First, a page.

I knew that going to Everest would be special, so I didn’t want to do it alone. I’ve learned that meaningful experiences are best shared. We were four strangers in a group. Life brings the right people together at the right time. Similar to Hult—it’s sharing the experience that makes it so memorable.


Teresa battled temperatures of minus 20, alongside many other challenges that come with reaching high altitudes.


The toughest aspect of the trek is managing your mind


Everest is a great metaphor for life. It’s not just about trekking. Your body goes through a lot of challenges in the high mountains. Think of a blank page, a beautiful and new blank page. And then screw it up! That’s what altitude sickness can do to the body. Oxygen levels are lower, so you can get breathing issues or very debilitating headaches. Basic living conditions, harsh weather, limited food, and cumulative tiredness all add to the fun!

I couldn’t eat in the last three days and I didn’t sleep on the last night before reaching base camp. It was minus 20 degrees during the night. Altitude can be brutal in many ways, so the body is constantly trying to find the resources to deal with all of that. Of course, as in everything in life, it’s not the situation that you need to deal with in the first place—it’s your mind. If you just take that one next step, don’t catastrophize, and trust what you’re capable of, then anything is possible.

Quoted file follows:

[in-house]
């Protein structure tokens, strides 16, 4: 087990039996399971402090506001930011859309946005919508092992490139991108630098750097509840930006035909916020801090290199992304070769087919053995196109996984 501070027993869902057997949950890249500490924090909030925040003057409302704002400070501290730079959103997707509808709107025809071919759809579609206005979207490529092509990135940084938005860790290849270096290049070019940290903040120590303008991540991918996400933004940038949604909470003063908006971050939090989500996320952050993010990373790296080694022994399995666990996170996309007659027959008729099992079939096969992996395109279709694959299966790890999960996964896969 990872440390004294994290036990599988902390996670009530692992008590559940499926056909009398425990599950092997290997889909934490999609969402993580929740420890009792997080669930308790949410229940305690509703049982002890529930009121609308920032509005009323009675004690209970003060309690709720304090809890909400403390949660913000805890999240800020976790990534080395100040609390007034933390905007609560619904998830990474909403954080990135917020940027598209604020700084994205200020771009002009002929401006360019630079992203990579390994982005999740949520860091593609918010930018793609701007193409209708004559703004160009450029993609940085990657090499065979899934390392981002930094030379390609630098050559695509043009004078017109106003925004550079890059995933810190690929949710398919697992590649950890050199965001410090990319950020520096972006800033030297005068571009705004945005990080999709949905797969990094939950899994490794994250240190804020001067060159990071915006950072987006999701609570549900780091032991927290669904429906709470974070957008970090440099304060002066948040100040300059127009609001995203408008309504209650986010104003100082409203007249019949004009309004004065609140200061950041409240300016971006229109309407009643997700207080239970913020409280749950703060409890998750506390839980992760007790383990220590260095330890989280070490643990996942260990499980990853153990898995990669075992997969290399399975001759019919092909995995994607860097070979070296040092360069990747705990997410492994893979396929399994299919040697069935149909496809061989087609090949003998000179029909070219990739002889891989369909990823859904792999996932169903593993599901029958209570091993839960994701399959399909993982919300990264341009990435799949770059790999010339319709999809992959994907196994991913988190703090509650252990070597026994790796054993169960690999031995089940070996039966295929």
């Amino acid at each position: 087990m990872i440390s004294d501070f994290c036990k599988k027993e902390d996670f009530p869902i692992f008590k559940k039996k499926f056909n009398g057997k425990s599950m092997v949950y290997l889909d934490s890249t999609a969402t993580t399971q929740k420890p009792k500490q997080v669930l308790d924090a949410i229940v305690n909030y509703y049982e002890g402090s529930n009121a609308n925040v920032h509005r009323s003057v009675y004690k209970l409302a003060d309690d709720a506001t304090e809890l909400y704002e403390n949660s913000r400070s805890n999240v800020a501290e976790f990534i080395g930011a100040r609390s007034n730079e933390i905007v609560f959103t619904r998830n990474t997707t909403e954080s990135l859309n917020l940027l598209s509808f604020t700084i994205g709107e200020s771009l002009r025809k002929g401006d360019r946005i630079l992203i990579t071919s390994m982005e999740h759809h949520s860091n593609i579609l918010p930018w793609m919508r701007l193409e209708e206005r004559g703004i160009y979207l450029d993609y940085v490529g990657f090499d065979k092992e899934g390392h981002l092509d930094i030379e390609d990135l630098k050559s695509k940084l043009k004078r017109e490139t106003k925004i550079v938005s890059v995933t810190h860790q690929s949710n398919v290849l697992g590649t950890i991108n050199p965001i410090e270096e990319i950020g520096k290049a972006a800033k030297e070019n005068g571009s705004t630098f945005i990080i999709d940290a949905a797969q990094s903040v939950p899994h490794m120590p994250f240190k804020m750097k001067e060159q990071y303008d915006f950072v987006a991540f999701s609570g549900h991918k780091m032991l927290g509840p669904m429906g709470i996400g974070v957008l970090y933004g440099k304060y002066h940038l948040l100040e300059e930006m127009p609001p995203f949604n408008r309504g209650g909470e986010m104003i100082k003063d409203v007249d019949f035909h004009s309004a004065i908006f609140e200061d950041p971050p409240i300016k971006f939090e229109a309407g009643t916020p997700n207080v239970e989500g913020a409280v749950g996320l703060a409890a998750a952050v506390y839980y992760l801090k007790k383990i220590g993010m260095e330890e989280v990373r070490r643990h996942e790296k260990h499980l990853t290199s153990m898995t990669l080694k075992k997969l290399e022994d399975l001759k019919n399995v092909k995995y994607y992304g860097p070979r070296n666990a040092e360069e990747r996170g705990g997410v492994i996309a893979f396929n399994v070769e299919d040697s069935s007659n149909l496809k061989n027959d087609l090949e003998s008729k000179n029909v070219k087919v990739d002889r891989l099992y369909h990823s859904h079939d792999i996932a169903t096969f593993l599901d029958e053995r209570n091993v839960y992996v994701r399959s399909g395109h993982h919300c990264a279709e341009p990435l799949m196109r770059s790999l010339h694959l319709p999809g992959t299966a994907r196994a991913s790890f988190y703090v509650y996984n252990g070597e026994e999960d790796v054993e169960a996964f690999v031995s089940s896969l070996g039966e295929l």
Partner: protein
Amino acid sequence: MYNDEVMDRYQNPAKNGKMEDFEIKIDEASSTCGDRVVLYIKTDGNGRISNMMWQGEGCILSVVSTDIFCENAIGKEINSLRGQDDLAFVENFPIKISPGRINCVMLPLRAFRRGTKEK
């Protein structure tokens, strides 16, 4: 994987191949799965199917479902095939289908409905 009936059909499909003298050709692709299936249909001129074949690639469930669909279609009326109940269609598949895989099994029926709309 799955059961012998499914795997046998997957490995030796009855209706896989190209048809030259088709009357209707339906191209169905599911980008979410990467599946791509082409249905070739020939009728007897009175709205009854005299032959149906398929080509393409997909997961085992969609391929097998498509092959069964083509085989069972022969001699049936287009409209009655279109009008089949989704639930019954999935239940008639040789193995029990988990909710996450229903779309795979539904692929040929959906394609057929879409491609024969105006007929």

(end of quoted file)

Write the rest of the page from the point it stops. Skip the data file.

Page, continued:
Teresa climbed with three others previously unknown to her. She says the best experiences in life are so much more meaningful when shared.

There are many parallels between what leads a person to an MBA and trekking Everest. Here are my two cents on the mentality that might just get you to Hult or Everest Base Camp …


1.     Be hungry for life


You know the saying “A life well lived is an act of imagination”? It’s that curiosity that’s always driven me and comes to life through constant change, new experiences, and global exposure. The question I get the most is “Where in the world are you now?” It’s a lot more fulfilling to chase the unfamiliar. The tried and safe path doesn’t pay off to the same degree.